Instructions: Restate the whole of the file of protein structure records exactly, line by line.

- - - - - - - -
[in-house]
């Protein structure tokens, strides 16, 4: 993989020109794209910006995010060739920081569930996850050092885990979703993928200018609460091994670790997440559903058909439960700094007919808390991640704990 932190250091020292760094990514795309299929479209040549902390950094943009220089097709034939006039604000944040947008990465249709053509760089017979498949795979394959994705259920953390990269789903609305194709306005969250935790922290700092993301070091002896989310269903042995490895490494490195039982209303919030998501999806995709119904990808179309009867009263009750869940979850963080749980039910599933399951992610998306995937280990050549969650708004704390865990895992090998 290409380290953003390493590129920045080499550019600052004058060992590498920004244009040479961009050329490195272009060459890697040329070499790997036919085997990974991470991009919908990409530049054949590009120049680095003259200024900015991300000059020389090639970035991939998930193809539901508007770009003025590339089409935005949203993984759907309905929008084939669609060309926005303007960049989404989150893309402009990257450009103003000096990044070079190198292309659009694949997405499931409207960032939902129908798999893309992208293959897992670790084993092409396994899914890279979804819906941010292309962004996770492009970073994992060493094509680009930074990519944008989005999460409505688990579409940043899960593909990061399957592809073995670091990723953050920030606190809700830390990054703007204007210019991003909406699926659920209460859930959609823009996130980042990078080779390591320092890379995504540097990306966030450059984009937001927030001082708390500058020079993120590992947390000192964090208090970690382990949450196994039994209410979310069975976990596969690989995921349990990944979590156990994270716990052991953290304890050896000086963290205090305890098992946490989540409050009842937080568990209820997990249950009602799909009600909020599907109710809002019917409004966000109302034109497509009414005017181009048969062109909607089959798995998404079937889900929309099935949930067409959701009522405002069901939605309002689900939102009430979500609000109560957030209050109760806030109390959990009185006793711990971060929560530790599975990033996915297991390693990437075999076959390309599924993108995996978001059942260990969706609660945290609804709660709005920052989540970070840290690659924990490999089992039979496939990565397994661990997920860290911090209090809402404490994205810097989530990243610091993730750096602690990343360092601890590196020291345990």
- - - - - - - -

[in-house]
């Protein structure tokens, strides 16, 4: 993989020109794209910006995010060739920081569930996850050092885990979703993928200018609460091994670790997440559903058909439960700094007919808390991640704990 932190250091020292760094990514795309299929479209040549902390950094943009220089097709034939006039604000944040947008990465249709053509760089017979498949795979394959994705259920953390990269789903609305194709306005969250935790922290700092993301070091002896989310269903042995490895490494490195039982209303919030998501999806995709119904990808179309009867009263009750869940979850963080749980039910599933399951992610998306995937280990050549969650708004704390865990895992090998 290409380290953003390493590129920045080499550019600052004058060992590498920004244009040479961009050329490195272009060459890697040329070499790997036919085997990974991470991009919908990409530049054949590009120049680095003259200024900015991300000059020389090639970035991939998930193809539901508007770009003025590339089409935005949203993984759907309905929008084939669609060309926005303007960049989404989150893309402009990257450009103003000096990044070079190198292309659009694949997405499931409207960032939902129908798999893309992208293959897992670790084993092409396994899914890279979804819906941010292309962004996770492009970073994992060493094509680009930074990519944008989005999460409505688990579409940043899960593909990061399957592809073995670091990723953050920030606190809700830390990054703007204007210019991003909406699926659920209460859930959609823009996130980042990078080779390591320092890379995504540097990306966030450059984009937001927030001082708390500058020079993120590992947390000192964090208090970690382990949450196994039994209410979310069975976990596969690989995921349990990944979590156990994270716990052991953290304890050896000086963290205090305890098992946490989540409050009842937080568990209820997990249950009602799909009600909020599907109710809002019917409004966000109302034109497509009414005017181009048969062109909607089959798995998404079937889900929309099935949930067409959701009522405002069901939605309002689900939102009430979500609000109560957030209050109760806030109390959990009185006793711990971060929560530790599975990033996915297991390693990437075999076959390309599924993108995996978001059942260990969706609660945290609804709660709005920052989540970070840290690659924990490999089992039979496939990565397994661990997920860290911090209090809402404490994205810097989530990243610091993730750096602690990343360092601890590196020291345990």